Teaching Business to MBAs

When I was in school, quite a long time ago, and studying engineering, I was struck by how “out of date” the technology that my school had seemed to be.  My electronics courses were focused on DC motors and vacuum tubes instead of transistors and computers.  But, in defense of my school, NYU, as an engineering student, I was taught that it wasn’t about the specific technology but rather about the methods that an engineer learned to use when approaching problems.

In fact, in my school, engineers weren’t required to declare their major (for example as electrical engineering versus mechanical engineering) until their junior year on the premise that the fundamental mathematics and problem solving methods as well as a basic introduction to every specialty in engineering was required regardless of your eventual field of specialization.  Thus, even though one can think of engineering as a vocation, much like auto repair, my school, tended to focus on the academic qualities of learning and less on the vocational skills that students might acquire.

When I graduated, my first job, and the first week on the job, threw me into a subspecialty for which I was ill prepared, the design (and repair) of one-of-a-kind signal processing computers developed for the government, but, in spite of my lack of exposure while in school to these systems, I seemed to flourish on the job, potentially using my learned scientific methods, or maybe just using my native curiosity and talent.  We’ll never know.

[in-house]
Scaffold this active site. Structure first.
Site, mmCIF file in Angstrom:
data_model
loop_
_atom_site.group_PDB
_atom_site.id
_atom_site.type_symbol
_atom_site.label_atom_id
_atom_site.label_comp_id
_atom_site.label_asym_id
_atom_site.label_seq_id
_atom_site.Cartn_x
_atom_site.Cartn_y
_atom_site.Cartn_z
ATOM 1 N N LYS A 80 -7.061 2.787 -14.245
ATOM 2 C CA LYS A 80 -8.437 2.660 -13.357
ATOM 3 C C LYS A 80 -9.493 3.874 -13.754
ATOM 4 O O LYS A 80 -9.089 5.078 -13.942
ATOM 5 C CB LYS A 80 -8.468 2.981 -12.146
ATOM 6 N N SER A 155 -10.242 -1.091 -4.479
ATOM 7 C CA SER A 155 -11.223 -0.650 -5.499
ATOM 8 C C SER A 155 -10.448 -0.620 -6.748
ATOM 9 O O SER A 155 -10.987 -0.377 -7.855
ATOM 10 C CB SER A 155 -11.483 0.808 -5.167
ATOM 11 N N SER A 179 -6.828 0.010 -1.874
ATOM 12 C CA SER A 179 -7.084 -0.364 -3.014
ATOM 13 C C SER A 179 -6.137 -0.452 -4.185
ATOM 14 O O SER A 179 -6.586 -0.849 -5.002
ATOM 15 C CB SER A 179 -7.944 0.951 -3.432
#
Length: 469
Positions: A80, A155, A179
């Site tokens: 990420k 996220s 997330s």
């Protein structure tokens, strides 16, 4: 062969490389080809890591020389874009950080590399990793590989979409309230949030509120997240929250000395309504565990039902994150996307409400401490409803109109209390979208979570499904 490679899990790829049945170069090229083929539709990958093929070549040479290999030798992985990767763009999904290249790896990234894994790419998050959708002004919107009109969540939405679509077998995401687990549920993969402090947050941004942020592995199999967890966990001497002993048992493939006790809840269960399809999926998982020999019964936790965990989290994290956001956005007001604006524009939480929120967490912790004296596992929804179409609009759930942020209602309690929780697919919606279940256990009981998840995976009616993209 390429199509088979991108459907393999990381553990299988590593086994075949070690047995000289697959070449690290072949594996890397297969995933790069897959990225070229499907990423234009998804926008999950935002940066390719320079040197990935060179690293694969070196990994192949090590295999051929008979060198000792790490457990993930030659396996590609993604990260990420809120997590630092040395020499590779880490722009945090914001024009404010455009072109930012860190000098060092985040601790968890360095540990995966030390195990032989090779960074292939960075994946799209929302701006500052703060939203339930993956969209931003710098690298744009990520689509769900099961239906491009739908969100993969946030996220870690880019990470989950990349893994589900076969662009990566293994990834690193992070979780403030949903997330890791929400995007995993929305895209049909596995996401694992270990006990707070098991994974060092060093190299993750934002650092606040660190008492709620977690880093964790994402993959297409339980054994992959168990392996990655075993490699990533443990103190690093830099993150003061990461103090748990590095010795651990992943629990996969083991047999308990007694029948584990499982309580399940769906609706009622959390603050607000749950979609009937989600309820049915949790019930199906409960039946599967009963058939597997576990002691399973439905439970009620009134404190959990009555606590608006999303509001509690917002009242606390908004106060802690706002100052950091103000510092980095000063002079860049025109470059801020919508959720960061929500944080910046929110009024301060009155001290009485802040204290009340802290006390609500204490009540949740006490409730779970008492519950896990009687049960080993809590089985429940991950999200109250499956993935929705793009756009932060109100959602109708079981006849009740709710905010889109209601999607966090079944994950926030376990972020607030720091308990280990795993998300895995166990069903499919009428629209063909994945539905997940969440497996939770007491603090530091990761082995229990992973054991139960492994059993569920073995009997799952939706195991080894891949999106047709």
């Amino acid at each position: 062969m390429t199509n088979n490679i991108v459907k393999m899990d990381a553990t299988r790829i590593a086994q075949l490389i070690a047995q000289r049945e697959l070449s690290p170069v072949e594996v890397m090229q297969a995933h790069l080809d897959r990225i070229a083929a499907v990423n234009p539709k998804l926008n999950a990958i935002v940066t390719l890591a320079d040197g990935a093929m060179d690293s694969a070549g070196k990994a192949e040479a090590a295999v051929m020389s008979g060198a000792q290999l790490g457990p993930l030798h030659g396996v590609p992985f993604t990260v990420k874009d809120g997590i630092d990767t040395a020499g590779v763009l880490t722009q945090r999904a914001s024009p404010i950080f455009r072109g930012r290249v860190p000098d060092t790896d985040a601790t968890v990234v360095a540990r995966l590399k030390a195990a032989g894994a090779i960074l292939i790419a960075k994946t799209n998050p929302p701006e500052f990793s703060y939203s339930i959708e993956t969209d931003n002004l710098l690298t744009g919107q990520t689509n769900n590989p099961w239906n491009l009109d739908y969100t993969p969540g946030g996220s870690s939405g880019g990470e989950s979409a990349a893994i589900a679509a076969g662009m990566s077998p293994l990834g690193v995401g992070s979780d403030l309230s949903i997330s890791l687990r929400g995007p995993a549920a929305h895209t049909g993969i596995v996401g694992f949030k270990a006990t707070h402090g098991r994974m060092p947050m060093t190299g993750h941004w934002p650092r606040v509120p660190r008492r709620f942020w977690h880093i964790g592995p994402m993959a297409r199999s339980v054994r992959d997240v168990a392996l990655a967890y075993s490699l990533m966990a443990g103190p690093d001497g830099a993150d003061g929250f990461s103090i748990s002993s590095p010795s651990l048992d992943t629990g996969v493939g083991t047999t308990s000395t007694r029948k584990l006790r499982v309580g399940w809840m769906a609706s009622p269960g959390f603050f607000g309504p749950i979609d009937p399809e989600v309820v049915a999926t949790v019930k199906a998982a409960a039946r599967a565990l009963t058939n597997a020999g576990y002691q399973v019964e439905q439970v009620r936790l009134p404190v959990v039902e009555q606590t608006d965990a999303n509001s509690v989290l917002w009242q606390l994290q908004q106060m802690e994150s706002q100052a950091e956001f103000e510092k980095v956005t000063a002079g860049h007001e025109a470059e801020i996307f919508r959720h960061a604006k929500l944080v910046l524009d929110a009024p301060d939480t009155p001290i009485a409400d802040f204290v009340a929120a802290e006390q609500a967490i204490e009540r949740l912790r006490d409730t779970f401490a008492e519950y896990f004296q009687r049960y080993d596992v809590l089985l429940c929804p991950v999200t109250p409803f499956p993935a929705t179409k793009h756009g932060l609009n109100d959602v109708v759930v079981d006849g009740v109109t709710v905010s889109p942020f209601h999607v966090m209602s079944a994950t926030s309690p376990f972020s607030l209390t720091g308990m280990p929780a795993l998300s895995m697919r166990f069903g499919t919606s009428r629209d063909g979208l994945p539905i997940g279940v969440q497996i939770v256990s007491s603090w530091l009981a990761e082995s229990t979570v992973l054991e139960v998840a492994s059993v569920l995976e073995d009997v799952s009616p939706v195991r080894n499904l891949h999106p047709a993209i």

Now I teach at Babson’s MBA program.  And, as an adjunct who has never gone to business school, I am ill equipped to teach with the Socratic methods based upon case studies that I never learned myself.  Like other adjuncts that are described in academic circles as PQ or Professionally Qualified, I bring to my teaching a more vocational or practical understanding of business from the perspective of having done it rather than study it.

The feedback that I get from some of my students often leads me to believe that they enjoy the more practical and less theoretical approach to understanding business.  In their desire to start their own businesses, they seek fundamental rules and methods that they can use now and the hope that my practical experience and history can offer them some insight into finding their own way.